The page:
It has been a difficult day. Thought provoking yes, informative yes but still a difficult one. For those of you who know my work (http://www.compassionatemidwifery.com) or who came to my presentation on Tuesday you will know that I study compassion in midwifery and that compassion, by definition is a response to suffering. Today I attended sessions which highlighted suffering of different sorts and explored responses to it.
I attended three linked presentations on female genital mutilation (FGM), the first of which was delivered by Elinor Clarke from Coventry University. Elinor gave an clear and useful introduction to the topic and explored the midwife dilemma regarding the mandatory requirement to report FGM and the issues around confidentiality.
Elinor Clarke, Senior Lecturer in Midwifery at Coventry University and Chair in the FGM National Clinical Group in UK
Later I attended a workshop called Maternity Rights: Making a Difference for Circumcised Women also facilitated by Elinor and other midwives, health workers and activists. Nancy McKenna, a film maker and founder of Safe Hands for Mothers played a key part in this Worksop. See their website
During the workshop clips from her films were shown, highlighting personal accounts from girls who have been through FGM and are still suffering the consequences as well as the stories of those who do the cutting – women – and from men in the communities. We worked in groups to try to generate ideas about how FGM which is so deeply entrenched in the culture of the communities where it is practised can be stopped. It became apparent what a complex problem it is. I wept as I watched the film clips. It is so barbaric and causes so much suffering. Yet 200 million women and girls are living to day with the effects of FGM and 3.6 million are at risk each year.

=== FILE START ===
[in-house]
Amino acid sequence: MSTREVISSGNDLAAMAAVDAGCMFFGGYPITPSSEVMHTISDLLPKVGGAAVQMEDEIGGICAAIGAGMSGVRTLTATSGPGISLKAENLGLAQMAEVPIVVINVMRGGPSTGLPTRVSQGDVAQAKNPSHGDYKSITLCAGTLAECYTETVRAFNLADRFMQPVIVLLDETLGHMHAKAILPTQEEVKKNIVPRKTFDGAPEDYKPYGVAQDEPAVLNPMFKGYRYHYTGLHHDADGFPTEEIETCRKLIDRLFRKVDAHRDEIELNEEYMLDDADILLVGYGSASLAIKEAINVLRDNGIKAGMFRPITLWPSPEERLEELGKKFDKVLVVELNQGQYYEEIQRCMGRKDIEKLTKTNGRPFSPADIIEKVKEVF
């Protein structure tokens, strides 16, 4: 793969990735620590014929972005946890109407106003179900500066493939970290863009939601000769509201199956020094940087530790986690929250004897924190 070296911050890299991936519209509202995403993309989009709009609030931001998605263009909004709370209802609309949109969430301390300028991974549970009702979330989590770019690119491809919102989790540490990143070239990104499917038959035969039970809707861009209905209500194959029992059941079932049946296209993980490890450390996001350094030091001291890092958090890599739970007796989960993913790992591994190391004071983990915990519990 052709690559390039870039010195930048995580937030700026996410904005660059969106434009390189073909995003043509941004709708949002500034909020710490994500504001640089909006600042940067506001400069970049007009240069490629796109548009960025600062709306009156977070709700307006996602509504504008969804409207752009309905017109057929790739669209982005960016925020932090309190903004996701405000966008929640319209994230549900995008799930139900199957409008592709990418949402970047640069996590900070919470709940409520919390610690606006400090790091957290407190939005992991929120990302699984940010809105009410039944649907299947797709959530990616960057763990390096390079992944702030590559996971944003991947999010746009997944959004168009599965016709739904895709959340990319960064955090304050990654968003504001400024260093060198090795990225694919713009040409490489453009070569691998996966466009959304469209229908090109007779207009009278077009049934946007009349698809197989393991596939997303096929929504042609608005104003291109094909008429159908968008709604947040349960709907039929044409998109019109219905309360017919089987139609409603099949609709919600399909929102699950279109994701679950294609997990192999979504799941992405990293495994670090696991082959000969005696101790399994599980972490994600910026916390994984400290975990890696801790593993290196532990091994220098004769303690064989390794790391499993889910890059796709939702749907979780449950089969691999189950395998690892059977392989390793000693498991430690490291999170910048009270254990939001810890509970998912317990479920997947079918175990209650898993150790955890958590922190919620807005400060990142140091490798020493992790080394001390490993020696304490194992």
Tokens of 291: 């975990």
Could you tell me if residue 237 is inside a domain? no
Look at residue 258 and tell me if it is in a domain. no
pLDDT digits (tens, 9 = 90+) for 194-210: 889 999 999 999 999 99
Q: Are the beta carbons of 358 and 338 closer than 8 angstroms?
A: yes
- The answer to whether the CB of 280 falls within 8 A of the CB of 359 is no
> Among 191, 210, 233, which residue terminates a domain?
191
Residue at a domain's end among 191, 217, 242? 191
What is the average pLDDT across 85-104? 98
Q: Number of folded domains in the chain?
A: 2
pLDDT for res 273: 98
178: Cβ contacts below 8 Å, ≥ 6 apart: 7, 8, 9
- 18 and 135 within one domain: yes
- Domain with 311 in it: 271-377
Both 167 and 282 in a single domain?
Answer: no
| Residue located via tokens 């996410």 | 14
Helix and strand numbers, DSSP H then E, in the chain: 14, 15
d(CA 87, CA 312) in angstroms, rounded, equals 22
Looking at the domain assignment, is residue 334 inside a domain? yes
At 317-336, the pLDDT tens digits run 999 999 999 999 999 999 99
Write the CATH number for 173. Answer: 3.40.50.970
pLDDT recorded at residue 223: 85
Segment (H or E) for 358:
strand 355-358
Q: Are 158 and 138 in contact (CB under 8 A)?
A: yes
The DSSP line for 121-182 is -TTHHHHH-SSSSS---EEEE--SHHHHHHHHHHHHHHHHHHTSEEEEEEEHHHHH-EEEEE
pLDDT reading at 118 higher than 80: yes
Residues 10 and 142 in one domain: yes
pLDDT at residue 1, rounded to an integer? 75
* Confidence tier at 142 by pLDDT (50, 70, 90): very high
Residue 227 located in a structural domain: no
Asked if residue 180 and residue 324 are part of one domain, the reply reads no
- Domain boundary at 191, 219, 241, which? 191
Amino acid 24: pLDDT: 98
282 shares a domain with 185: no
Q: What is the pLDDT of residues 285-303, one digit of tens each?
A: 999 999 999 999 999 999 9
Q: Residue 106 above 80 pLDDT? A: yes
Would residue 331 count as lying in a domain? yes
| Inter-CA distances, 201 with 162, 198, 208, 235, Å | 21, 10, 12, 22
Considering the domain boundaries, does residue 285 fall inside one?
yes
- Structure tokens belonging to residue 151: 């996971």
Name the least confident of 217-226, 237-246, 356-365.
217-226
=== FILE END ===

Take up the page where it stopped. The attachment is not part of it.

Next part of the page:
I met Hibo Wardere who is part of The Orchid Project who is an activist. Her book: Cut, One Woman’s Fight Against FGM in Britain Today gives a personal account of her FGM story.
She agrees that the problem is a stubborn one and sometimes seems very difficult to make any impact but little by little their work of raising the profile, gaining an understanding the issues in different communities, education, activism, campaigning, communicating and advocating, little by little it is changing but my goodness there is such a long way to go.
I also met Janet Fyle MBE the RCM Professional Policy Advisor. She really challenged my thinking as we went through the workshop excercises and the enormity of the problem revealed itself. My ideas on how FGM might be stopped were naive and simplistic and would not work in the communities where FGM is the norm. She is in for the long hall and I am thankful for her understanding and work on eradicating FGM. I urge anyone who can support this work in any way to do so. Watch Nacy’s films, and look at the Safe Hands for Mothers Website, read Hibo’s book, get in touch with the Orchid Project, donate, volunteer, do what you can. http://www.safehands.org/
I have other things I would like to report on from the day but I don’t think I can do them justice after attending this workshop. I will include them in tomorrow’s blog instead.
Thank you for reading, especially as this is such an uncomfortable subject. Let’s work together in whatever way we feel we can to end FGM and the suffering it brings. This is fundamental to compassionate midwifery.